Thursday, 23 January 2014

Creating distinct PendingIntents

With my recent work on the BiPolar widget I came upon an interesting bug in my code.  One that made me scratch my head while walking through the code.

The widget is rather simple, it displays the current temperature in Celsius and Fahrenheit simultaneously and allows you to click on it if you want to share the current temperature with your favourite social media site. Everything seemed to be working fine until I tried installing multiple instances of the widget.  At the point, clicking on any widget would always share the weather of the last installed widget.  I figured that I had a logic problem in my code and poured over it repeatedly.  Nothing.

Here is the original erroneous code :

// Create the Intent that will be sent when the widget is clicked on
Intent intent = new Intent(this, BiPolar.class);
intent.putExtra(CLICK_WIDGET_ID, appWidgetId);

// Create the PendingIntent for the RemoteViews
PendingIntent pendingIntent = PendingIntent.getBroadcast(context, 0, intent, 0);

//attach an on-click listener to the widget
views.setOnClickPendingIntent(, pendingIntent);

That code is inside of a loop that goes through all of the appWidgetIds and appears correct.  The problem lies in the fact that PendingIntent are reused by the system.  If the PendingIntent that would be returned by getBroadcast() or getActivity() is considered equal to one that already exists then a new one is not created, rather a copy of an existing one is returned. The problem lies in that Extras are not considered in the equality comparison. So in this case every call for a new PendingIntent returned the same PendingIntent over and over again.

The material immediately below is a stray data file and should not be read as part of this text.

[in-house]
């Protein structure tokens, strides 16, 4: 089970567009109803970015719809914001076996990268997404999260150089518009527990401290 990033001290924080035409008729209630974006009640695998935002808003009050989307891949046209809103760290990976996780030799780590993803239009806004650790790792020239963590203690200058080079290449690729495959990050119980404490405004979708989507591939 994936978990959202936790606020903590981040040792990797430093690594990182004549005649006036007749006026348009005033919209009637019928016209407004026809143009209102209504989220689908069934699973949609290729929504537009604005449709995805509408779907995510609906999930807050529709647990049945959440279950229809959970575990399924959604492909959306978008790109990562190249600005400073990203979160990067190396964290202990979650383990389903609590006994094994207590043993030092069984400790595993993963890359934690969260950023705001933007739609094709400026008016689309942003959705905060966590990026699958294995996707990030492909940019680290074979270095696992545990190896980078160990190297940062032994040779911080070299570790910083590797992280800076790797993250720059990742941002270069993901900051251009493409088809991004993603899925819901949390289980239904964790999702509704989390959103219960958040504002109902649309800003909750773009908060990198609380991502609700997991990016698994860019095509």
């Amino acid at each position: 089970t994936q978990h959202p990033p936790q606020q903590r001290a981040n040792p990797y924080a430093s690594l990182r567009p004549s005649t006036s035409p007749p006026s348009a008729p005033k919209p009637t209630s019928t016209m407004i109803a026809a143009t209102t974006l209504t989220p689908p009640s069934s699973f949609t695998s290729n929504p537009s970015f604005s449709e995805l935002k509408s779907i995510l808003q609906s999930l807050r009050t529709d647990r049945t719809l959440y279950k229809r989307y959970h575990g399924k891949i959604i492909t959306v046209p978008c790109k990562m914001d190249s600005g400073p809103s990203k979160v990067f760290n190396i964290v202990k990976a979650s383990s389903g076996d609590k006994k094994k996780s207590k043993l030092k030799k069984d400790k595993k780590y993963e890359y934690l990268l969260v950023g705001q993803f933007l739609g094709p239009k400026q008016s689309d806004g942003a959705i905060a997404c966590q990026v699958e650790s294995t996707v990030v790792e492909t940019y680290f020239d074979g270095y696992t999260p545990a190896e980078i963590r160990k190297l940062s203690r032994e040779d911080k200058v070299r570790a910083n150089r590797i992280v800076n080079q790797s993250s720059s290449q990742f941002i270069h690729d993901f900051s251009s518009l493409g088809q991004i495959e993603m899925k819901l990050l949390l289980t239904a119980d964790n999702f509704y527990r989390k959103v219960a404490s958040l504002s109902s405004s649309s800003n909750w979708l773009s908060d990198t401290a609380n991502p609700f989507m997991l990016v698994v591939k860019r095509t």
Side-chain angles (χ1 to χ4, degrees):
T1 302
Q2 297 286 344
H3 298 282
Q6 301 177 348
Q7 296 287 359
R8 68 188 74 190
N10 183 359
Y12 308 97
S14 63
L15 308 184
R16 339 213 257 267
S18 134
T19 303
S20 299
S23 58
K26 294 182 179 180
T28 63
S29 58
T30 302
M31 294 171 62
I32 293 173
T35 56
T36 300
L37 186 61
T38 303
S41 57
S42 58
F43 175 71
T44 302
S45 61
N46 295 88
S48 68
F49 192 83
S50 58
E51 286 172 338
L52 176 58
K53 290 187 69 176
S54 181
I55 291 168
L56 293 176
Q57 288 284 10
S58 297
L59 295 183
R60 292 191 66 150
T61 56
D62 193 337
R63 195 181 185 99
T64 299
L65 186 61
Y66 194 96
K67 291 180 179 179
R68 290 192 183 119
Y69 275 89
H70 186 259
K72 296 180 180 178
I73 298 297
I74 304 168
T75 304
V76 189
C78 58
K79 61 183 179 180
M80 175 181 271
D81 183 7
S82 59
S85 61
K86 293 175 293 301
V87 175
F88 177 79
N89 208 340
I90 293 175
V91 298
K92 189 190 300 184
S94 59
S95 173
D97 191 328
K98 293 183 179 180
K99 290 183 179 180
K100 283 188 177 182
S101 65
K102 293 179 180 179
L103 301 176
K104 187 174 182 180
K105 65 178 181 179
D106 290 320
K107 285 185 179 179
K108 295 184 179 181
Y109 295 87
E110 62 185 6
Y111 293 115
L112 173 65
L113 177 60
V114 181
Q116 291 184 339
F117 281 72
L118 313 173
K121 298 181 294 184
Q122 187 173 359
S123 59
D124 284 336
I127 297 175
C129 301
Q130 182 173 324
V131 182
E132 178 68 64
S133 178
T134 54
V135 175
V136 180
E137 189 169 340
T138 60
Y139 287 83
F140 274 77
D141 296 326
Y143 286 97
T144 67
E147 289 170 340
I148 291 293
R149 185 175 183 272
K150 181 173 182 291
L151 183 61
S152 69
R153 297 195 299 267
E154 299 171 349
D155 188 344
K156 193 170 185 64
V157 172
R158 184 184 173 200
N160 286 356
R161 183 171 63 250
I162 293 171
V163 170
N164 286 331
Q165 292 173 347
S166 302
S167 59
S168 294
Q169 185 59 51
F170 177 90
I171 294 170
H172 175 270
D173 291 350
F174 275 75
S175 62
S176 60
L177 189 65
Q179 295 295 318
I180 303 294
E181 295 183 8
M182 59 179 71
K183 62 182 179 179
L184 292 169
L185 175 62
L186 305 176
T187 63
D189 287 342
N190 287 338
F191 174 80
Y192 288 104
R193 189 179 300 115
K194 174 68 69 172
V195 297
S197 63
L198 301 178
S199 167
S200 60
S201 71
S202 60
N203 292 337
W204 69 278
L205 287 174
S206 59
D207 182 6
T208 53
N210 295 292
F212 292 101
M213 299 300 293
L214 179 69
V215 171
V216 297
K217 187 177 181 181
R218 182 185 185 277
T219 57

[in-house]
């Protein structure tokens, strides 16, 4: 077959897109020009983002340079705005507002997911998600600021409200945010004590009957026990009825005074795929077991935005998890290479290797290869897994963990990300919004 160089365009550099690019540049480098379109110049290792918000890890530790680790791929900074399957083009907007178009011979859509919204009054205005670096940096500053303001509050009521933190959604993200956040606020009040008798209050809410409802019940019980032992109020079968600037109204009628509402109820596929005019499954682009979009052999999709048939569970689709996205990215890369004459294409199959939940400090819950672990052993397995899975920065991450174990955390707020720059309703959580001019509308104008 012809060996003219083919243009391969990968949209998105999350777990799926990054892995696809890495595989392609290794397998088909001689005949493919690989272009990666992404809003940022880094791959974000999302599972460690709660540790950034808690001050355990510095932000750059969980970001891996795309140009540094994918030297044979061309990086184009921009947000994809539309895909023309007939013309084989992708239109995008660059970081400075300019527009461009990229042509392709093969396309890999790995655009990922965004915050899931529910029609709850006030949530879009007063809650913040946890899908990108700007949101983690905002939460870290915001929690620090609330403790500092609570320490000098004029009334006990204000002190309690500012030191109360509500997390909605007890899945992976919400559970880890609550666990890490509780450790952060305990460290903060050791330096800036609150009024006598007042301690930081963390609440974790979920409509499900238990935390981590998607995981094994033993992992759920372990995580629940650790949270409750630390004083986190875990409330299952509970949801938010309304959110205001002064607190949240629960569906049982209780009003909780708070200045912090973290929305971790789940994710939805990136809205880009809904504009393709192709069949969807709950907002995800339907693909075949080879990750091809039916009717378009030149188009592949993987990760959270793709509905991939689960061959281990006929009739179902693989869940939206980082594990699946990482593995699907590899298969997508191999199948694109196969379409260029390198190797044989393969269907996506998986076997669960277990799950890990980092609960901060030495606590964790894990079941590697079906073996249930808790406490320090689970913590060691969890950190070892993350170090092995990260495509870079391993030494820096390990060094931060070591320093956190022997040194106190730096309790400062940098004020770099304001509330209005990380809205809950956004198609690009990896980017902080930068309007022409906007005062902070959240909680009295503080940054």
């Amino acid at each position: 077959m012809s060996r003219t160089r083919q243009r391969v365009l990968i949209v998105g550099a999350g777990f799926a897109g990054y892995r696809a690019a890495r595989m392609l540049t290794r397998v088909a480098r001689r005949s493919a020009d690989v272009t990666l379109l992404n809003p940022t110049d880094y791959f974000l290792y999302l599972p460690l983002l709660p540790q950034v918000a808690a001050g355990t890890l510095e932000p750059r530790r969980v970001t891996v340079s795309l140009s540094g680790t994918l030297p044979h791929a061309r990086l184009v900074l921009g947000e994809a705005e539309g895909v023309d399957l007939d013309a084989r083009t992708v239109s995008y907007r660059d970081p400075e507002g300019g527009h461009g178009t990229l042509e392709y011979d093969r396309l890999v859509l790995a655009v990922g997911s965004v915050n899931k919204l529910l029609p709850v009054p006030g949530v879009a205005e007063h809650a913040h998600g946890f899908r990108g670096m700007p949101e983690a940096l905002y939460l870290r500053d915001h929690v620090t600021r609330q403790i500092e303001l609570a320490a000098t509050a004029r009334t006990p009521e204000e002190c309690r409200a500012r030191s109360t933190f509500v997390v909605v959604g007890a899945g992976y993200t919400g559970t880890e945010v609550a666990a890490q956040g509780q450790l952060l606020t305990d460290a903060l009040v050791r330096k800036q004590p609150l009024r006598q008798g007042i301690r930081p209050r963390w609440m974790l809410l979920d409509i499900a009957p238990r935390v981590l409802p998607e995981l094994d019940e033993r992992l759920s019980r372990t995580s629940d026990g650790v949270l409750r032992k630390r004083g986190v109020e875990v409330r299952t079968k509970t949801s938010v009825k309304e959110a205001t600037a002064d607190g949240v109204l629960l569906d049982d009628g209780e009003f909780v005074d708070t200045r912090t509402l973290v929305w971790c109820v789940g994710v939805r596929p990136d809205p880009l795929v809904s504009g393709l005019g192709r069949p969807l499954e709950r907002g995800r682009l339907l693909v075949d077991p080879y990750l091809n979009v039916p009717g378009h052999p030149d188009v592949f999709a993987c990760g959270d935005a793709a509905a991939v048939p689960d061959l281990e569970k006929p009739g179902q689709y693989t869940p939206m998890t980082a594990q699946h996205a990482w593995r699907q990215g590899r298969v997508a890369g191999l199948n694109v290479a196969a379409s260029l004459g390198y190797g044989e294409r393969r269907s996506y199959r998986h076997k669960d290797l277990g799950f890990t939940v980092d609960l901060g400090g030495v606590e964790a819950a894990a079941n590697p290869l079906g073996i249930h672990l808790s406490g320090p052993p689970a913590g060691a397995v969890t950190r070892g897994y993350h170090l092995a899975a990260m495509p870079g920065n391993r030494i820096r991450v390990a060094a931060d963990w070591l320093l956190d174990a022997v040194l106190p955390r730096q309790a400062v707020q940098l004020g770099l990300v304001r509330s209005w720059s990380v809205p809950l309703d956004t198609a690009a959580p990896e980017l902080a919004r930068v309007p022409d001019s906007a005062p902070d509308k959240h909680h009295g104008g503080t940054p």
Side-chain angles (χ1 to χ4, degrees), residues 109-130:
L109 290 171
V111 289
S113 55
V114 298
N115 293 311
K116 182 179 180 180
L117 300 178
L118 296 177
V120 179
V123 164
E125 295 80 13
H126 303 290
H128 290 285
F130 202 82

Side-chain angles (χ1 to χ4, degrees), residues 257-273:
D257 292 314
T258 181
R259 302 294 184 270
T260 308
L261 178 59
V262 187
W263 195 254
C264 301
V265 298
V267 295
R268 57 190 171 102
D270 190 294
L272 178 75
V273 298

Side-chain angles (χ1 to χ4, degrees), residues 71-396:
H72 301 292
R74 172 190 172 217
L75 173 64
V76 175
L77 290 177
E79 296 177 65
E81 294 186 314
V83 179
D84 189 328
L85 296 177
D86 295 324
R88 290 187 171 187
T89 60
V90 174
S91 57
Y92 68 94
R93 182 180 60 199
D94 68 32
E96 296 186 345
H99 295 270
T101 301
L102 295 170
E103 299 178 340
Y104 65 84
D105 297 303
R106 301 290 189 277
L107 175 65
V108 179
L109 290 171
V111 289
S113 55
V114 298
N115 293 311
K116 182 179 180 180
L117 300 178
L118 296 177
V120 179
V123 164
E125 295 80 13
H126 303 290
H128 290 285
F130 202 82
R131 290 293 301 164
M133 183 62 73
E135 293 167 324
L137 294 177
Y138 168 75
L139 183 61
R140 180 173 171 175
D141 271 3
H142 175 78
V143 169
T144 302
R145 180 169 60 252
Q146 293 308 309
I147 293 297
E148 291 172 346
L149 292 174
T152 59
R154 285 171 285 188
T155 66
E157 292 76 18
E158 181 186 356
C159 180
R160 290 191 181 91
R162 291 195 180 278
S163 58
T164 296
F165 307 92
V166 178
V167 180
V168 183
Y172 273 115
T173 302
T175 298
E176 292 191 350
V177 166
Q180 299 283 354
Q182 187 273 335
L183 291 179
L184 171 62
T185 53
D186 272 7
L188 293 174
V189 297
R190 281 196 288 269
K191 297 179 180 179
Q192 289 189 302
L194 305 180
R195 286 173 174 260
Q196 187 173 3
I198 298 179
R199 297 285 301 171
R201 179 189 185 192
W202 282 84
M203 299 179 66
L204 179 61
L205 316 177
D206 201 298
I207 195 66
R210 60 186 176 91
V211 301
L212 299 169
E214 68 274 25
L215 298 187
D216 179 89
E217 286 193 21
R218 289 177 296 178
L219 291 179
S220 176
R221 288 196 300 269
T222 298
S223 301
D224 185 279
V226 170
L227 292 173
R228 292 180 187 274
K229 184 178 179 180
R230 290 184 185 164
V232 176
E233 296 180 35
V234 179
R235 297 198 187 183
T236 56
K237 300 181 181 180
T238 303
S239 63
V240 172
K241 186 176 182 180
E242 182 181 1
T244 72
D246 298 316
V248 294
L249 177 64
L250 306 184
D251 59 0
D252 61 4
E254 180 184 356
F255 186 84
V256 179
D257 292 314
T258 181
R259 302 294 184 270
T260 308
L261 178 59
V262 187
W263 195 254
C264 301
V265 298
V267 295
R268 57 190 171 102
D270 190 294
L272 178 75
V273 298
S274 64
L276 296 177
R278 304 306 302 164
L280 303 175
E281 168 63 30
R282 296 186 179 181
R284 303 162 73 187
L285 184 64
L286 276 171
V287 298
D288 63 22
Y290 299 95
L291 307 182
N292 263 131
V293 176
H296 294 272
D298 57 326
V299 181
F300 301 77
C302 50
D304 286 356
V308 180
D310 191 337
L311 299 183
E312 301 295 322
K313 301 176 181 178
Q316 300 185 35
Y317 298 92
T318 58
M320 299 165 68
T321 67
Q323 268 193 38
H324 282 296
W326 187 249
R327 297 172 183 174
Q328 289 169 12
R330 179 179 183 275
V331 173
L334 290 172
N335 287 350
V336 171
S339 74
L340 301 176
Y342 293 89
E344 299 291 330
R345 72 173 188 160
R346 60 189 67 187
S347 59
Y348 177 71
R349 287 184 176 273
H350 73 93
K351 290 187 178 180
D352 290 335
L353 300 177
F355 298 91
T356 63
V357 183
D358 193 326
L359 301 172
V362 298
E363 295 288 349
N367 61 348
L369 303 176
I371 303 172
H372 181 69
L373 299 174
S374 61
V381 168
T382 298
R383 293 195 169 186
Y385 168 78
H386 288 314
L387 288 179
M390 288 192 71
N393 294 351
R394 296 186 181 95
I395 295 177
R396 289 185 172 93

From the documentation : 

A PendingIntent itself is simply a reference to a token maintained by the system describing the original data used to retrieve it. This means that, even if its owning application's process is killed, the PendingIntent itself will remain usable from other processes that have been given it. If the creating application later re-retrieves the same kind of PendingIntent (same operation, same Intent action, data, categories, and components, and same flags), it will receive a PendingIntent representing the same token if that is still valid, and can thus call cancel() to remove it.
Because of this behavior, it is important to know when two Intents are considered to be the same for purposes of retrieving a PendingIntent. A common mistake people make is to create multiple PendingIntent objects with Intents that only vary in their "extra" contents, expecting to get a different PendingIntent each time. This does not happen. The parts of the Intent that are used for matching are the same ones defined by Intent.filterEquals. If you use two Intent objects that are equivalent as per Intent.filterEquals, then you will get the same PendingIntent for both of them.

The Solution

So how to we make sure that the requested PendingIntent is different from the existing ones?  The solution is rather easy.  Again from the documentation : 

you will need to ensure there is something that is different about them to associate them with different PendingIntents. This may be any of the Intent attributes considered by Intent.filterEquals, or different request code integers supplied to getActivity(Context, int, Intent, int)getActivities(Context, int, Intent[], int)getBroadcast(Context, int, Intent, int), or getService(Context, int, Intent, int).
In my case the fix was very easy, just add the appWidgetId as the request code to the parameters of getBroadcast.
// Create the PendingIntent for the RemoteViews
PendingIntent pendingIntent = PendingIntent.getBroadcast(context, appWidgetId, intent, FLAG_UPDATE_CURRENT);

Although that field is not yet used, and may never be, it is enough for the system to distinguish the PendingIntent as being different from the other and to create a new one.